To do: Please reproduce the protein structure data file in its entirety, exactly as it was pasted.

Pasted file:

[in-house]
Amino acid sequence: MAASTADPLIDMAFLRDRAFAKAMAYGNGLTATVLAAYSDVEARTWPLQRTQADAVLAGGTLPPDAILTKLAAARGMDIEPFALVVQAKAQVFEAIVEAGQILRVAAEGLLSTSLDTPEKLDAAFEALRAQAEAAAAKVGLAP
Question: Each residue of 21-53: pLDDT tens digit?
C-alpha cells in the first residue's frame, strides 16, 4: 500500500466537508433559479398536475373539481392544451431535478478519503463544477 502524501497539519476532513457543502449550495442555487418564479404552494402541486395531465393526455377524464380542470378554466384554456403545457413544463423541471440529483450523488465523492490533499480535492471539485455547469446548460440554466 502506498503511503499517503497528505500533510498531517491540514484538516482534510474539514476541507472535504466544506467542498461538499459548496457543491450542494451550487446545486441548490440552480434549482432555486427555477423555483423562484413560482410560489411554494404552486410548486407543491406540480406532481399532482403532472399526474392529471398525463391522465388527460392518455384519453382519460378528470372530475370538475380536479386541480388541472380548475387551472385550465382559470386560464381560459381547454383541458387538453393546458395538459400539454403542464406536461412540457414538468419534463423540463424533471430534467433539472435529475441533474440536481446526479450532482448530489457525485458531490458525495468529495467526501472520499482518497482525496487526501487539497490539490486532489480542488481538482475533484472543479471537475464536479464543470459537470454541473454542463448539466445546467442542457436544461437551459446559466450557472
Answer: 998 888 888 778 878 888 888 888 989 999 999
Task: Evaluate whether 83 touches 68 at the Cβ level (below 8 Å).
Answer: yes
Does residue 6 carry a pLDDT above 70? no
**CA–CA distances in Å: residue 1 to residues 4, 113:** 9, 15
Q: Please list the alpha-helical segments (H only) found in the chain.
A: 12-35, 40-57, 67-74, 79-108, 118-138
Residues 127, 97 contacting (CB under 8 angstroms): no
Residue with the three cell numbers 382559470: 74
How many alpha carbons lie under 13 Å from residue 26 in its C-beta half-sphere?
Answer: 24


[in-house]
Amino acid sequence: MAASTADPLIDMAFLRDRAFAKAMAYGNGLTATVLAAYSDVEARTWPLQRTQADAVLAGGTLPPDAILTKLAAARGMDIEPFALVVQAKAQVFEAIVEAGQILRVAAEGLLSTSLDTPEKLDAAFEALRAQAEAAAAKVGLAP
Question: Each residue of 21-53: pLDDT tens digit?
C-alpha cells in the first residue's frame, strides 16, 4: 500500500466537508433559479398536475373539481392544451431535478478519503463544477 502524501497539519476532513457543502449550495442555487418564479404552494402541486395531465393526455377524464380542470378554466384554456403545457413544463423541471440529483450523488465523492490533499480535492471539485455547469446548460440554466 502506498503511503499517503497528505500533510498531517491540514484538516482534510474539514476541507472535504466544506467542498461538499459548496457543491450542494451550487446545486441548490440552480434549482432555486427555477423555483423562484413560482410560489411554494404552486410548486407543491406540480406532481399532482403532472399526474392529471398525463391522465388527460392518455384519453382519460378528470372530475370538475380536479386541480388541472380548475387551472385550465382559470386560464381560459381547454383541458387538453393546458395538459400539454403542464406536461412540457414538468419534463423540463424533471430534467433539472435529475441533474440536481446526479450532482448530489457525485458531490458525495468529495467526501472520499482518497482525496487526501487539497490539490486532489480542488481538482475533484472543479471537475464536479464543470459537470454541473454542463448539466445546467442542457436544461437551459446559466450557472
Answer: 998 888 888 778 878 888 888 888 989 999 999
Task: Evaluate whether 83 touches 68 at the Cβ level (below 8 Å).
Answer: yes
Does residue 6 carry a pLDDT above 70? no
**CA–CA distances in Å: residue 1 to residues 4, 113:** 9, 15
Q: Please list the alpha-helical segments (H only) found in the chain.
A: 12-35, 40-57, 67-74, 79-108, 118-138
Residues 127, 97 contacting (CB under 8 angstroms): no
Residue with the three cell numbers 382559470: 74
How many alpha carbons lie under 13 Å from residue 26 in its C-beta half-sphere?
Answer: 24